The first few years are critical for a child’s development, with the brain developing more from birth through age five than at any other time in life. Teachers who work with very young children are uniquely positioned to create a positive learning environment that can affect a child’s attitude and performance not just in their school years but later in life. It is in this early period that children learn social skills, self-esteem and their perception of the world.
The National Association for the Education of Young Children (NAEYC) defines “early childhood” as up to age eight. Although prekindergarten-level education is not mandated by the United States Department of Education, enrollment in pre-K schools has grown over the years, and as of 2016, 64.6 percent of children ages 3 to 5 were enrolled in a pre-primary program.
Becoming an Early Childhood Educator
According to Teach.com, having a bachelor’s degree in early childhood education will generally qualify you to teach through third grade. “Of course, having an advanced degree, such as a master’s degree in education or teaching in this field only improves your abilities, job prospects, and opportunities for career advancement.”
PreschoolTeacher.org addresses the topic of graduate programs in early childhood education, saying they are “designed for preschool teachers seeking positions at the supervisory or administrative level and for preschool teachers looking to advance their career, earn a higher salary, or meet professional development requirements set forth by their state board of education.”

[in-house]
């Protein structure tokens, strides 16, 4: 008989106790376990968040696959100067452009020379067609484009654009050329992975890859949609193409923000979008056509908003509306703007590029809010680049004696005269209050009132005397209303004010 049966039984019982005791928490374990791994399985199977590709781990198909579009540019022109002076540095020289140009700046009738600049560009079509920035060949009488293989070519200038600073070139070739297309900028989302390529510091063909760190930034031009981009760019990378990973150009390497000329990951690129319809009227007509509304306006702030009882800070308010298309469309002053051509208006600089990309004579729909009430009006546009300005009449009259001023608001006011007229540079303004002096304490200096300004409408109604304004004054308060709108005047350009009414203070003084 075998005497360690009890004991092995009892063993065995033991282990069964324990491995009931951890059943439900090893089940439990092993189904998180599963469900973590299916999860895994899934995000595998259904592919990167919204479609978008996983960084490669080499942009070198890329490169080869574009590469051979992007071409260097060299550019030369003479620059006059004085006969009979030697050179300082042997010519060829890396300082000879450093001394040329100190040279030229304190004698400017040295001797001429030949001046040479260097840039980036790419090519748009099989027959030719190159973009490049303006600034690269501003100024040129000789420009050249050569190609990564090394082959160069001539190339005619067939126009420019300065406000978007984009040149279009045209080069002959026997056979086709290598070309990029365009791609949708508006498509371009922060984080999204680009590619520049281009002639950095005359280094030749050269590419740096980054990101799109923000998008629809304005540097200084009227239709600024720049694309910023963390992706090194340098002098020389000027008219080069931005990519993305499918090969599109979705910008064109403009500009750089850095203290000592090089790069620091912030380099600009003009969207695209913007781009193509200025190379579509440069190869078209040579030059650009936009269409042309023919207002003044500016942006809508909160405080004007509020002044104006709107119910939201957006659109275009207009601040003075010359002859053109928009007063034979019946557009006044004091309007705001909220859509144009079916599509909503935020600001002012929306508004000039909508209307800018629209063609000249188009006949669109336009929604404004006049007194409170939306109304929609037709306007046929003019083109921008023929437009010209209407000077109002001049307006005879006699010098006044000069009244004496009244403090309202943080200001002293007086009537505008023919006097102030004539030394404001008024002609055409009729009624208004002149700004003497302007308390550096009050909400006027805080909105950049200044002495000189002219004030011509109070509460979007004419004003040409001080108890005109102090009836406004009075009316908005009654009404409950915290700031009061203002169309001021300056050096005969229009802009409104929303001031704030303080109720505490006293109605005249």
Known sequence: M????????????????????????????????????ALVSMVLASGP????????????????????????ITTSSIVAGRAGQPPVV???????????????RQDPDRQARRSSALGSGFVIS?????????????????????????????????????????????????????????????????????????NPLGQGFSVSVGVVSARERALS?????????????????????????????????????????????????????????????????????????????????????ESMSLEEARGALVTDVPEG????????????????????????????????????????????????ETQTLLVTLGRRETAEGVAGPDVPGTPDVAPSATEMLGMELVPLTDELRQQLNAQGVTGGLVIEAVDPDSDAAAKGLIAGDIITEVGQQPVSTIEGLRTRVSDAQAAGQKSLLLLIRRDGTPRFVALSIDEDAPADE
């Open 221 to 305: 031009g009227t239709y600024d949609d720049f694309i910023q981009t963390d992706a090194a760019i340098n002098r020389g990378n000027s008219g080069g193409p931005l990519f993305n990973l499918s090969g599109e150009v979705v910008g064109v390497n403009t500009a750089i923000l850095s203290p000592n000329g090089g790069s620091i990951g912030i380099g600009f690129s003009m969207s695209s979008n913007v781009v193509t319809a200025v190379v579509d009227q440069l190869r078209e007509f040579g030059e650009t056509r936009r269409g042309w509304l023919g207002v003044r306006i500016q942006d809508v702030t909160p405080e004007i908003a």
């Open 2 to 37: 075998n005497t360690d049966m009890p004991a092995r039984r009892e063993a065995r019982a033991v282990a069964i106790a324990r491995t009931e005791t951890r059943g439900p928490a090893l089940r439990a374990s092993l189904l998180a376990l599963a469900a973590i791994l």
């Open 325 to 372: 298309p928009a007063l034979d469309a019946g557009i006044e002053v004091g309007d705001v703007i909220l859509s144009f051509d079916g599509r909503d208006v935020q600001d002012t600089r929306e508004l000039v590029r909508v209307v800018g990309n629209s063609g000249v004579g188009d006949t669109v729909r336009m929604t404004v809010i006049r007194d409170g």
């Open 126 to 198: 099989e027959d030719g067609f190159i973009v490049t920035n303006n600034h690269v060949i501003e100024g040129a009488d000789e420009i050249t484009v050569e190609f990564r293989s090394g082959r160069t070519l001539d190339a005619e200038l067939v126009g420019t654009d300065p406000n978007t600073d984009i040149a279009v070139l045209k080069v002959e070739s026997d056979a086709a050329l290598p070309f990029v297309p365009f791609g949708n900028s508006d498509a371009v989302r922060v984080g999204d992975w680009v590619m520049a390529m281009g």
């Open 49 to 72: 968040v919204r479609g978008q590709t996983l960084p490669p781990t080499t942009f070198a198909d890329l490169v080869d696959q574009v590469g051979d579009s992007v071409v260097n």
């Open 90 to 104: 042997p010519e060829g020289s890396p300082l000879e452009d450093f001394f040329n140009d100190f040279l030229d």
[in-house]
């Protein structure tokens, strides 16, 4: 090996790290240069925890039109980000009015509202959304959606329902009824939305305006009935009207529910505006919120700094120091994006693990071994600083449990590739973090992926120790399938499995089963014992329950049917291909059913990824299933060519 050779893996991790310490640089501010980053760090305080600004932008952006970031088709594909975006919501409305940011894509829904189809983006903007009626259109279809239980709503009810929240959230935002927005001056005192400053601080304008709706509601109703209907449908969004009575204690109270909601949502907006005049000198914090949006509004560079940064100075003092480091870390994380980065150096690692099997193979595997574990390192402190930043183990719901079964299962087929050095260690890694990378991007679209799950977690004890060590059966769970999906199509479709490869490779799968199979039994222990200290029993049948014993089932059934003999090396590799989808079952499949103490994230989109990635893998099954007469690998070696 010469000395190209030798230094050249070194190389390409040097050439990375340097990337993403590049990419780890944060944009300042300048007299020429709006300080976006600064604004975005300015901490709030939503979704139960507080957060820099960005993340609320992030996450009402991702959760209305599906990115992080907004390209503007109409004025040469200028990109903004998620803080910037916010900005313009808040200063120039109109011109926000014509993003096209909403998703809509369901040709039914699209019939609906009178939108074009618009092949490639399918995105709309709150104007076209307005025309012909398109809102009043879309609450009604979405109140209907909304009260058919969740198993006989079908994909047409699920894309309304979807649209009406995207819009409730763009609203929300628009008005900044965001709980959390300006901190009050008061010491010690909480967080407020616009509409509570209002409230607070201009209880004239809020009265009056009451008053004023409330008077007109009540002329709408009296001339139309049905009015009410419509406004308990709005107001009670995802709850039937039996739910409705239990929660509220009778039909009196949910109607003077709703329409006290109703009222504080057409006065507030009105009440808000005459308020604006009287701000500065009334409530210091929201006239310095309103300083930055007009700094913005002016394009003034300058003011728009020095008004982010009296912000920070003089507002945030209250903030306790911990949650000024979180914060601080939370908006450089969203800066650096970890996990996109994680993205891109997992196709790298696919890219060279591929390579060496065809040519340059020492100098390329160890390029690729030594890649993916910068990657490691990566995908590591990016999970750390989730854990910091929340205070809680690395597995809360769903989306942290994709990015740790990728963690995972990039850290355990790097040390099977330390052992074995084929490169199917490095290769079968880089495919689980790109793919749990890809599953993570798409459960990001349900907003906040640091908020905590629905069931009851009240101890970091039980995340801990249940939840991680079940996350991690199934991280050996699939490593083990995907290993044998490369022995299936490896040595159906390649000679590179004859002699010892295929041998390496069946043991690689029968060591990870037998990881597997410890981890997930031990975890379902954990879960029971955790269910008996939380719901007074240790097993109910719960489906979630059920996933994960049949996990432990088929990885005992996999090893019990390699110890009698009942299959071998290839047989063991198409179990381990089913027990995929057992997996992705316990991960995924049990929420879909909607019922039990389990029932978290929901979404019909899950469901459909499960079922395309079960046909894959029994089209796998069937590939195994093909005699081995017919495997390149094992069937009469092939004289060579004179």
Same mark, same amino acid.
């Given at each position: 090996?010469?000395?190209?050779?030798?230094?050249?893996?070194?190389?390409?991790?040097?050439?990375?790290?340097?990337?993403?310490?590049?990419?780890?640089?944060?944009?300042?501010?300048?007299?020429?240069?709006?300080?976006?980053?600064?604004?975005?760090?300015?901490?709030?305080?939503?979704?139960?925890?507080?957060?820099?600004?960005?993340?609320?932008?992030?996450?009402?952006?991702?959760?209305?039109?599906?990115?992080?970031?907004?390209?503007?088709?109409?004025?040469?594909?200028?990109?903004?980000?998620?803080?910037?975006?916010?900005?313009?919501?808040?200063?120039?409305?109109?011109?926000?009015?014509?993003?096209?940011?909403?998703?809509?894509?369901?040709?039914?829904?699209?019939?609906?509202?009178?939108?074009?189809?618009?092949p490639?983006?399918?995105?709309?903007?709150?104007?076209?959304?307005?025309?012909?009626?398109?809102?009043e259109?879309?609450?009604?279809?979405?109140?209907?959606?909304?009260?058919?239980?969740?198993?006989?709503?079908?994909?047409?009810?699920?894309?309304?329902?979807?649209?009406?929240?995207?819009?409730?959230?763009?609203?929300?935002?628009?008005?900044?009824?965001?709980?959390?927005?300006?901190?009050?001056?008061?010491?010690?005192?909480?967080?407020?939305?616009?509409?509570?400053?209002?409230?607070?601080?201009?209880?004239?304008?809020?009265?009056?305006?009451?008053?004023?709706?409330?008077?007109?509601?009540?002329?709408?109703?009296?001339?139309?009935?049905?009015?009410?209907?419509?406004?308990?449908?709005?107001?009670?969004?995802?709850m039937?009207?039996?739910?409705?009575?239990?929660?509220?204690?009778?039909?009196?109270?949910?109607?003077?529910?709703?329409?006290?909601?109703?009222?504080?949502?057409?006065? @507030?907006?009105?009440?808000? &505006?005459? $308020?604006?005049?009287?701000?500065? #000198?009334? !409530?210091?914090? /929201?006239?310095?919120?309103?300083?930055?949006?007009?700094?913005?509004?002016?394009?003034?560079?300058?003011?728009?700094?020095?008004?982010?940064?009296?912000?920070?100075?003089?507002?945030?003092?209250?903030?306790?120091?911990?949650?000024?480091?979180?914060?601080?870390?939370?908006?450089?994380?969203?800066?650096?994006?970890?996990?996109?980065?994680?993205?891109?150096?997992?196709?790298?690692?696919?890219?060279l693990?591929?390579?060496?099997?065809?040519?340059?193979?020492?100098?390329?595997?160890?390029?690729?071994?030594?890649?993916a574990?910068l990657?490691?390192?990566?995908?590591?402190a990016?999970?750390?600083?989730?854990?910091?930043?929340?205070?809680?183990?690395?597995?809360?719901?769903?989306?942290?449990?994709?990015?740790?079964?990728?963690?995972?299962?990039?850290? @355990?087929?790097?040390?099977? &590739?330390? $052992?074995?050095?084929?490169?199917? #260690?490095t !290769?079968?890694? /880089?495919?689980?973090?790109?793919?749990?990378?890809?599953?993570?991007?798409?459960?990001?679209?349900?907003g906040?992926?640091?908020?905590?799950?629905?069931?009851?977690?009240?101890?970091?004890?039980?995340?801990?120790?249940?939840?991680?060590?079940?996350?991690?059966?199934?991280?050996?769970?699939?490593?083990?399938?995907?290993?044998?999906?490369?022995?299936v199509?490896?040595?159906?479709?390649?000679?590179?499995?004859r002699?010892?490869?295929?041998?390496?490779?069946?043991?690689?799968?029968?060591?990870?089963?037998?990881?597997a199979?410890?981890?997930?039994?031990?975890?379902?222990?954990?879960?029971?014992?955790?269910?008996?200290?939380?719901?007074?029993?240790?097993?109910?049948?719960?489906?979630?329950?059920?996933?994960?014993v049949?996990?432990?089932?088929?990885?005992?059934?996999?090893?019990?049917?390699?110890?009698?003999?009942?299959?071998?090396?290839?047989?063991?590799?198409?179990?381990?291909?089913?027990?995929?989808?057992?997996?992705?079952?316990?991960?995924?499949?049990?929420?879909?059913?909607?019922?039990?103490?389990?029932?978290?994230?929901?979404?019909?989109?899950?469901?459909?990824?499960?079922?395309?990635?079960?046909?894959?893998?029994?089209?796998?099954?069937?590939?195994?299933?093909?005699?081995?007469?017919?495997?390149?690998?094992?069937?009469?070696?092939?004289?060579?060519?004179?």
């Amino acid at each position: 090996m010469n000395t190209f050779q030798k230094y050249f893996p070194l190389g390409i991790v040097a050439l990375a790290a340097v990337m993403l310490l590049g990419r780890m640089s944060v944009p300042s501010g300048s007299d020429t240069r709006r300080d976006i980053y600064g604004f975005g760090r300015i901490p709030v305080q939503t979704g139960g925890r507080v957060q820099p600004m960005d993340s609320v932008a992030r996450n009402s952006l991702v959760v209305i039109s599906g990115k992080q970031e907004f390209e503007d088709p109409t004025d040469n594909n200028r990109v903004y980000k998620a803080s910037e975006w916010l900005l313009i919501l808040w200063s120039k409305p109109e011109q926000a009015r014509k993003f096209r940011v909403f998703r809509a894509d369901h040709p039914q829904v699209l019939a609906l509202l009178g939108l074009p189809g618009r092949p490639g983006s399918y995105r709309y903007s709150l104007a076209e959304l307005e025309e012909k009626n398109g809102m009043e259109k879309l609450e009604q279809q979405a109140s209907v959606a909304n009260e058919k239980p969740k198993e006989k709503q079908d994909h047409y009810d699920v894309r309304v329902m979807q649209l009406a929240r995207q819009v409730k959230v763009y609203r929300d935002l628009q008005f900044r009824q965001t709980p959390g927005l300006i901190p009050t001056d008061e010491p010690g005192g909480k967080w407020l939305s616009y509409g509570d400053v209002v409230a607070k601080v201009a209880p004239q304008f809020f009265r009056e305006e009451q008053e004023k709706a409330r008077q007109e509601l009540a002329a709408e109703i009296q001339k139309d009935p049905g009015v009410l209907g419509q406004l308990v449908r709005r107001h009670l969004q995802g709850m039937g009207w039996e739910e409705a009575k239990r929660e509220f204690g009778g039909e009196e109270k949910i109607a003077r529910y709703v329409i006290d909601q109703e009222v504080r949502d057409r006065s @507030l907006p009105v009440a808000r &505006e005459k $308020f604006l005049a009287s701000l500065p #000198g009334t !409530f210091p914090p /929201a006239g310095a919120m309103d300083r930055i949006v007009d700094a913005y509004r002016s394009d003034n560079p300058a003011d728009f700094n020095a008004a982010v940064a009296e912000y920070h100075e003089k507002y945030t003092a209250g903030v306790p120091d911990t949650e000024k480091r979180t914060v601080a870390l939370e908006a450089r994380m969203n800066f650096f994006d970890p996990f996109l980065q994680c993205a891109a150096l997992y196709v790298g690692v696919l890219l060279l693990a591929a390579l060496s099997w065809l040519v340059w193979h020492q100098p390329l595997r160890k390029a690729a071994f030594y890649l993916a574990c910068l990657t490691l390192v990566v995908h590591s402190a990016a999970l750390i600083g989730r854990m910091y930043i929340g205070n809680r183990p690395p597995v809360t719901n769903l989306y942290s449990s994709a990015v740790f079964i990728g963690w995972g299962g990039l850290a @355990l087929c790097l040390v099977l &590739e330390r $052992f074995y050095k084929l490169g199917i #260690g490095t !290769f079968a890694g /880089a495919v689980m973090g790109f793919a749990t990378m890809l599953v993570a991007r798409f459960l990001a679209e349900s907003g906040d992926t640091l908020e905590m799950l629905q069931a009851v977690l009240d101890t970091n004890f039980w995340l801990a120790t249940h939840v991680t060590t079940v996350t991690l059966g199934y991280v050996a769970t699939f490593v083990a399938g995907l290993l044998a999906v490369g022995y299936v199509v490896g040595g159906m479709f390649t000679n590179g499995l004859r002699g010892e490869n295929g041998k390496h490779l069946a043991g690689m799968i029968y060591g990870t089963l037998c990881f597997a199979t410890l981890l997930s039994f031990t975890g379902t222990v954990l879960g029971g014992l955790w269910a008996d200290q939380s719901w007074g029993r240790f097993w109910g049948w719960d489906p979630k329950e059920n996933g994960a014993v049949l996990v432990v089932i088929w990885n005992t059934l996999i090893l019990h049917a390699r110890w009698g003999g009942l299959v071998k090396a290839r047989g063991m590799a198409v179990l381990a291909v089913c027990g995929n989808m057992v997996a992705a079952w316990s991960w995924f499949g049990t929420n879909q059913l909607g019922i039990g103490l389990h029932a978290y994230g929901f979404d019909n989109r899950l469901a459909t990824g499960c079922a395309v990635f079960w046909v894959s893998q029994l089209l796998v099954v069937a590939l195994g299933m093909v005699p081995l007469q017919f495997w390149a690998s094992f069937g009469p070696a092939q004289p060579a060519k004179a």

Teachers who want to impact a child’s life during these formative years can learn the skills needed to specialize in early childhood development by earning an M.Ed. degree in Early Childhood Education.
Eastern Washington University’s Online M.Ed. in Early Childhood Education
The EWU online master’s program in early childhood education includes topics such as the science of early childhood development, the creation of positive learning environments for children, educational leadership and policy, and family systems and engagement.
The program is aligned with the standards set by the NAEYC, and the course content is based on regional (state) and national evidence-based practices for working with young children and their families.
Program candidates who already hold a teaching certificate are eligible for an added endorsement in early childhood education (pre-K through third grade) when completing this program. This M.Ed. program also provides preparation for leadership roles in public agencies like Head Start, or in private preschools or child care centers.
Beyond teaching positions, the M.Ed. with ECE emphasis helps meet qualifications for careers in the early childhood field such as Early Childhood Program Specialist or Coach for state Quality Rating and Improvement Systems (QRIS).
The M.Ed. program curriculum is in synch with Washington State’s vision for early learning: “In Washington State, we work together so that all children start life with a solid foundation for success based on strong families and a world-class early learning system for all children prenatal through grade 3. Accessible, accountable, and developmentally and culturally appropriate, our system partners with families to ensure that every child is healthy, capable and confident in school and life.”
Learn more about the EWU online M.Ed. program in Early Childhood Education.
First Things First: Brain Development
PreSchoolTeacher.org: Early Childhood Education Degree
Teach.com: Early Childhood Education
National Center for Education Statistics: Enrollment of 3-, 4-, and 5-year old children in preprimary programs